From The job center to the local council, from sanctions to council tax arears. No matter the story we will listen and offer our story too. Just having that other person who has had the same experiences as you could help in building a collective of people who can help change the way we understand what is happening and why. Come share your story with us.

The focus is on the idividual and as a whole the effects government changes have had on our lives and offers a way to voice frustraions or identify with each others stories to help create a solution or at the very least try to understand what has happened.

If you want to submit an article or ‘tell your story’, please email Tracey Herrington at traceyherrington@thrive-teesside.org.uk or ring the office for help to write your article on 01642 678811


Thrive Media

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Voices From the Margins text is here


Teesside Weekender

Teesside Weekender text is here


Episodes will air every Friday on the YouTube channel on the left. We want your voice to be heard, real people with ordinary lives. If you would like to get involved and even star in your very own episode, feel free to contact us on the methods at the bottom of each page or check out the contacts section to find where we are.

2016

2017

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Stockton GoggleBox 2016

Stockton Gogglebox Episode 12- Kost Of Kicks (PTC)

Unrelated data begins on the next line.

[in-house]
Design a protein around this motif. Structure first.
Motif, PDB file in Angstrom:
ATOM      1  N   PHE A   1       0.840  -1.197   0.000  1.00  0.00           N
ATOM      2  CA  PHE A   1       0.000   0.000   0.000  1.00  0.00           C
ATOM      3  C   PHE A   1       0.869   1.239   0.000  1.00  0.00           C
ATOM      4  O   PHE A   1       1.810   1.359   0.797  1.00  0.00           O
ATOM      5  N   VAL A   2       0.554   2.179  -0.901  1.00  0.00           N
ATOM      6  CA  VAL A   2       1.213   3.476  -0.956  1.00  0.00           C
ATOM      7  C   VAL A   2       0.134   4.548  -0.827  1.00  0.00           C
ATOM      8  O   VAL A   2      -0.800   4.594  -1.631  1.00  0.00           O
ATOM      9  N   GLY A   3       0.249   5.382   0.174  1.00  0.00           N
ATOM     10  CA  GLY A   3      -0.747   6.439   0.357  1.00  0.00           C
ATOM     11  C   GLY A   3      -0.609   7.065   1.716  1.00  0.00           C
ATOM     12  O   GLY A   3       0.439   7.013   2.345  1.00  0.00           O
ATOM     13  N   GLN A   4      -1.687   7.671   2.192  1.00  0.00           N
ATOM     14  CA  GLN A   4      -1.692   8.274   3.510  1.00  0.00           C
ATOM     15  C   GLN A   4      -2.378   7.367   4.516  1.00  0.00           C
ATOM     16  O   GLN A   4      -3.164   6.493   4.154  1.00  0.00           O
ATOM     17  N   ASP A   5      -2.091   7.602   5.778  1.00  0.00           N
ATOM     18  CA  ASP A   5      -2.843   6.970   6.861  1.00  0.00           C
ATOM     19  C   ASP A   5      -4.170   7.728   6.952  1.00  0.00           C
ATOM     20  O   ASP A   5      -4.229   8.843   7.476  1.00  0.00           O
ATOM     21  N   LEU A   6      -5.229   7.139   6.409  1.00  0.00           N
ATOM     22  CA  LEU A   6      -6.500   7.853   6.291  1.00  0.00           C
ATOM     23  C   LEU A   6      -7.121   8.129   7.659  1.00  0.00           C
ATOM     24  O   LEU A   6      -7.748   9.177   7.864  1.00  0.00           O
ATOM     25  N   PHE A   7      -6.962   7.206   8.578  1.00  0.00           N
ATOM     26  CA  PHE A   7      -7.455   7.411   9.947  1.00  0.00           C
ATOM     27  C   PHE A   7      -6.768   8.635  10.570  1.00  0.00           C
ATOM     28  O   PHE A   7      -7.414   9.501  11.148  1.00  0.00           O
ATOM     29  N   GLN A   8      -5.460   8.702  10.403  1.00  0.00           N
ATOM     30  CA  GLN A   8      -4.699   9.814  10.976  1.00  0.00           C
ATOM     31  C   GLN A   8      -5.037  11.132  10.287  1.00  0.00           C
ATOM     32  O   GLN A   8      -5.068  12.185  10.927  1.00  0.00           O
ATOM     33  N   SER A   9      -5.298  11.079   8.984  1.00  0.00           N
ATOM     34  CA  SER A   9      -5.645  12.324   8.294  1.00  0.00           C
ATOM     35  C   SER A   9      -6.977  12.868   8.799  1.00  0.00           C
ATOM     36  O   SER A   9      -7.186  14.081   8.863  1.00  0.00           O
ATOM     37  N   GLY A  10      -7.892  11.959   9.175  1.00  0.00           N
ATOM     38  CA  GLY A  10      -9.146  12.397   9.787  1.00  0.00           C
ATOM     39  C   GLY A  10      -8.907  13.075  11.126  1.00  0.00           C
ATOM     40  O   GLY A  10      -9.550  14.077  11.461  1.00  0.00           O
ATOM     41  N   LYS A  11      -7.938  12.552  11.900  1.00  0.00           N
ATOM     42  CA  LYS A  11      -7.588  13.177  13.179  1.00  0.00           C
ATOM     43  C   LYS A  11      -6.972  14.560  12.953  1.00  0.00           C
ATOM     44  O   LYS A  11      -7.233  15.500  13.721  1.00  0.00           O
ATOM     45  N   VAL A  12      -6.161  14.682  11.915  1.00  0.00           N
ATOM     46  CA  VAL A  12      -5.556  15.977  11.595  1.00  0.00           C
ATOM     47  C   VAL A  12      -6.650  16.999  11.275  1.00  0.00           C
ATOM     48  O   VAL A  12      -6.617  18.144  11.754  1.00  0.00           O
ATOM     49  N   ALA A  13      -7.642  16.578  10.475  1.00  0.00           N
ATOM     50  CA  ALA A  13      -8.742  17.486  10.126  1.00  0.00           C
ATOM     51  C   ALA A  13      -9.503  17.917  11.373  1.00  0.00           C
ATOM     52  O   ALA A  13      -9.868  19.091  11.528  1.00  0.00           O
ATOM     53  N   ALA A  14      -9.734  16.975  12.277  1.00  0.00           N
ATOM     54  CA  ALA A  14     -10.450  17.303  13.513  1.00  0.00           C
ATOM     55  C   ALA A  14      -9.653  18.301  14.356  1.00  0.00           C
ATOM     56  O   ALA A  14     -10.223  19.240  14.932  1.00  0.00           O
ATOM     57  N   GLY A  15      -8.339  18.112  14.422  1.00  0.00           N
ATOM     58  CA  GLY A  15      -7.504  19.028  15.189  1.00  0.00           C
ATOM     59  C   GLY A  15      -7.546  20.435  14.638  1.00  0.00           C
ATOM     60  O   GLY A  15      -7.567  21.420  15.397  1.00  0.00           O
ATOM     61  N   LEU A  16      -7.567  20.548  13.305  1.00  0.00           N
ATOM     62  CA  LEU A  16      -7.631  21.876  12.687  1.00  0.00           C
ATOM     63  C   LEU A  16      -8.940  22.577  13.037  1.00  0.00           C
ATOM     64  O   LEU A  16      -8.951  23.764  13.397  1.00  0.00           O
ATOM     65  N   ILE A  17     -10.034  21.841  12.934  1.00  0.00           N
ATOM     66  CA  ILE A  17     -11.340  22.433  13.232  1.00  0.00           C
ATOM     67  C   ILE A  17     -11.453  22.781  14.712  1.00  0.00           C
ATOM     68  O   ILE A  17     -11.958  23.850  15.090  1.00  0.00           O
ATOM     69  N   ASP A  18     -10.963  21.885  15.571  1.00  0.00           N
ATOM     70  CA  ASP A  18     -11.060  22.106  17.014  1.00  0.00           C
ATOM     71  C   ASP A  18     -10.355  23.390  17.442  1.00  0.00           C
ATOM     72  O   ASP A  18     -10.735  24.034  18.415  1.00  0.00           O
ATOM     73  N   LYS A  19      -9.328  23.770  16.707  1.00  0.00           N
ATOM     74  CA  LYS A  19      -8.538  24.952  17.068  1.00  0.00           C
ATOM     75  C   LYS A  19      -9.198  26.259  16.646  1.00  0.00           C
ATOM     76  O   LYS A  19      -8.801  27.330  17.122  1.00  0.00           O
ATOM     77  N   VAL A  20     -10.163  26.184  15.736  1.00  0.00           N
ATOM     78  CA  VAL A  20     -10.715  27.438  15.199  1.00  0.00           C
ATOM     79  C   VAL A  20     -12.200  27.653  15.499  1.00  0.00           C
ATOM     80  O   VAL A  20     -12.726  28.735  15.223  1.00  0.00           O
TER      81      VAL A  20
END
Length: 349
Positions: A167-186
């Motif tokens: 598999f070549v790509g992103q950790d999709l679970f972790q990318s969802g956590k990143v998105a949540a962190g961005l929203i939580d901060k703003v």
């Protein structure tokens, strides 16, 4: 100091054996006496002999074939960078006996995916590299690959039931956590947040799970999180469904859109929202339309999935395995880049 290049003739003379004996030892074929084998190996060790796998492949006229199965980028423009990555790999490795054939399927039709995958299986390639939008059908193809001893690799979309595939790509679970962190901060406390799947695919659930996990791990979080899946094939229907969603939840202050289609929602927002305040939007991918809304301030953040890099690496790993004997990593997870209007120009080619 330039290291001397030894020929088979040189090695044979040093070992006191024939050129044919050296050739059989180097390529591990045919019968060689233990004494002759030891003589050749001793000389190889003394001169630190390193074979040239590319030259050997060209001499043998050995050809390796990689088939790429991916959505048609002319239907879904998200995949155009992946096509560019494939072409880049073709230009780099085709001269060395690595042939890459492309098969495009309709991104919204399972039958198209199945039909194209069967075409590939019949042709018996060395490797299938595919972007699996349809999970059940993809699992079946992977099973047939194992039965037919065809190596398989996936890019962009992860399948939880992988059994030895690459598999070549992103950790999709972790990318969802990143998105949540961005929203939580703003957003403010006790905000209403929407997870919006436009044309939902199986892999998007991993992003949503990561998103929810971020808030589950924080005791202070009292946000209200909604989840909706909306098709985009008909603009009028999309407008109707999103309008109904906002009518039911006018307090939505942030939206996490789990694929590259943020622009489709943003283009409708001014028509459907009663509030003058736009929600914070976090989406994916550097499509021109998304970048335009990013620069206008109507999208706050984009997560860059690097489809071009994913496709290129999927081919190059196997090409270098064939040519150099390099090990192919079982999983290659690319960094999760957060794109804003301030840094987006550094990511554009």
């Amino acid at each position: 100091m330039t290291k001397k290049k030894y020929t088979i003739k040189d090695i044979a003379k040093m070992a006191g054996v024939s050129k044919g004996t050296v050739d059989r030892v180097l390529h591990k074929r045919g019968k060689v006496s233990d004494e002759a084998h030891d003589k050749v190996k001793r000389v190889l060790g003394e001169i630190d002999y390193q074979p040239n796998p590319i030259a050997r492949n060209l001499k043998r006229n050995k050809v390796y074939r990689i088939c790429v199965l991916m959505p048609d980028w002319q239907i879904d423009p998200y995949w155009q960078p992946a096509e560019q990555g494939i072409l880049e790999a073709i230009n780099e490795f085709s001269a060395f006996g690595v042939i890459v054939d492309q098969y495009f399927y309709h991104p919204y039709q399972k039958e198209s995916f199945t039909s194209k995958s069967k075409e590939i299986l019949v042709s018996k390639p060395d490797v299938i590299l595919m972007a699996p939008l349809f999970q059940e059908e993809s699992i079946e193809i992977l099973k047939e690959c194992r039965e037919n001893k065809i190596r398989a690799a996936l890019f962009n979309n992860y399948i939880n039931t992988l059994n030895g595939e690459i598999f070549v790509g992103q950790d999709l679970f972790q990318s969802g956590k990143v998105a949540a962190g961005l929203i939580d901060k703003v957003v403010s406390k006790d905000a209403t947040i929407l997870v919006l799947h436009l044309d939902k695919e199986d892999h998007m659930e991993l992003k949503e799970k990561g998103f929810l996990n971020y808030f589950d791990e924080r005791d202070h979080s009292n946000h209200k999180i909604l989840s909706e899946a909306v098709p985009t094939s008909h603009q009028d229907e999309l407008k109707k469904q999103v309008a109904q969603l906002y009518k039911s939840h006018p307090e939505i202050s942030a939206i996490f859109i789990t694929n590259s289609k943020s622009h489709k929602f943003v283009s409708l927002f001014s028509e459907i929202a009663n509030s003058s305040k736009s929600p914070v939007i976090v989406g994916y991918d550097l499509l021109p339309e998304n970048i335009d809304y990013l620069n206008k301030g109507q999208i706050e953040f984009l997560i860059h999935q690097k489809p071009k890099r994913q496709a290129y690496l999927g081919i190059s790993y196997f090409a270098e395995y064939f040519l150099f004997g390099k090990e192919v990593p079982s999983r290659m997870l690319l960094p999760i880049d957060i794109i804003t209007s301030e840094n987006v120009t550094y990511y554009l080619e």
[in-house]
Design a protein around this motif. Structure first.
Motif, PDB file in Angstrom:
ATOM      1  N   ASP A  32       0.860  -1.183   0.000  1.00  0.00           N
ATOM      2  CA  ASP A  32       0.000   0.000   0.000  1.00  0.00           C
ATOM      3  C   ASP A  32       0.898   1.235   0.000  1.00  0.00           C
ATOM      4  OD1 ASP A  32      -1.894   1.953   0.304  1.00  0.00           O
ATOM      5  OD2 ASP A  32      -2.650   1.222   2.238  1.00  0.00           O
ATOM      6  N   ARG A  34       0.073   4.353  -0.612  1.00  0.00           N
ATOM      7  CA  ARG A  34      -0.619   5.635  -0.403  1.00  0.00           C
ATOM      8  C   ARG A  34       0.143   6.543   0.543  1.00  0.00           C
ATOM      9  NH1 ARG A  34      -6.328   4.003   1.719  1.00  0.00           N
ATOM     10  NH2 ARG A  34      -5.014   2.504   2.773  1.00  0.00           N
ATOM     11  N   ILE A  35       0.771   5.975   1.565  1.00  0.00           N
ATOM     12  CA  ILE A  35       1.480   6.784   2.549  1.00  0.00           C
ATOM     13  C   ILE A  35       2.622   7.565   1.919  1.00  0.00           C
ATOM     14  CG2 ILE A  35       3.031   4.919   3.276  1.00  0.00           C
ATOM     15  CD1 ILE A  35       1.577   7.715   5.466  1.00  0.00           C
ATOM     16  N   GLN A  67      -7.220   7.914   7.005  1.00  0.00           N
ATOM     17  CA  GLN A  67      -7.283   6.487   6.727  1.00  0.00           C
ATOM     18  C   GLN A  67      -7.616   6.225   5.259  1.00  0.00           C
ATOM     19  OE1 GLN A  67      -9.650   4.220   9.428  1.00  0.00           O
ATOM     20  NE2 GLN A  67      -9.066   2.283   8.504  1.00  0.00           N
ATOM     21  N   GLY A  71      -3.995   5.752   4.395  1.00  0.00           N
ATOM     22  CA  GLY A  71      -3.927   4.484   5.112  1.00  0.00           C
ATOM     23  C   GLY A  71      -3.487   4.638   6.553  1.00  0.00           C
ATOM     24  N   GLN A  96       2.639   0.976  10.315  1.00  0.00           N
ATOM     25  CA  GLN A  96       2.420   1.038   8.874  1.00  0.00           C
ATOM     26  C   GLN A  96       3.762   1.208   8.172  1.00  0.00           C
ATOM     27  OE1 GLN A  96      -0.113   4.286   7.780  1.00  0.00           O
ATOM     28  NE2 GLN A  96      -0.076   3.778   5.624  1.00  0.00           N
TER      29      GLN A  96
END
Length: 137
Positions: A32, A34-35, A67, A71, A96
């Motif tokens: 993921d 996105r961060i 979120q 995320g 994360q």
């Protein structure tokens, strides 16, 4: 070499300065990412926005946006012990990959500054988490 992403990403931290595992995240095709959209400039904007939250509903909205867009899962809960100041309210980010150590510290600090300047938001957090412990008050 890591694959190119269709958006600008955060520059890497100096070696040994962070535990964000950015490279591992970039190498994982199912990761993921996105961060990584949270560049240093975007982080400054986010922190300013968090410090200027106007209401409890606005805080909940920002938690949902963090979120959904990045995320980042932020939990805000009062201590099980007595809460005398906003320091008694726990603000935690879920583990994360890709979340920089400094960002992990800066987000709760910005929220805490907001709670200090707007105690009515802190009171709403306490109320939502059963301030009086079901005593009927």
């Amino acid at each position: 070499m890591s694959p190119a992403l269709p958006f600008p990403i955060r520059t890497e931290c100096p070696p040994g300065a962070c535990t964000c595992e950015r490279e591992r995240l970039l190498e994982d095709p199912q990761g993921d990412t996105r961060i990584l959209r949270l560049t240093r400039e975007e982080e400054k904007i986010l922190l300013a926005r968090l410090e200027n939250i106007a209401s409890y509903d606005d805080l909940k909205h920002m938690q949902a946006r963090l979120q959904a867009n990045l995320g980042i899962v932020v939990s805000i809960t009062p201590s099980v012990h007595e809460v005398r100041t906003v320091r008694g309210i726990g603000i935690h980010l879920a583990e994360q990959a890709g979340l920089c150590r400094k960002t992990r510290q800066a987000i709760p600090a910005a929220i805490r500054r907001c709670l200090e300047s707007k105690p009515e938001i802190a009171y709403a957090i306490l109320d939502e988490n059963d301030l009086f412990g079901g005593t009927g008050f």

Published on 16 Dec 2016

WATCH THE ORIGINAL VIDEO HERE- https://vimeo.com/114057613 This is the eleventh episode of our new mini series, based around the people of Stockton, watching and reacting to a varied mix of television programmes ranging from Political debates to more light entertainment like Britain’s Got Talent. The aim of this media project is to engage people in Stockton with politics, poverty and injustice and get their views and opinions on different political issues, and also for a bit of fun!

Stockton Gogglebox Episode 11- Honey G (The X Factor)

Published on 18 Nov 2016

WATCH THE ORIGINAL VIDEO HERE: https://www.youtube.com/watch?v=OS6fR... This is the eleventh episode of our new mini series, based around the people of Stockton, watching and reacting to a varied mix of television programmes ranging from Political debates to more light entertainment like Britain’s Got Talent. The aim of this media project is to engage people in Stockton with politics, poverty and injustice and get their views and opinions on different political issues, and also for a bit of fun!

Stockton Gogglebox Episode 10- Benefit Cap Changes

Published on 12 Nov 2016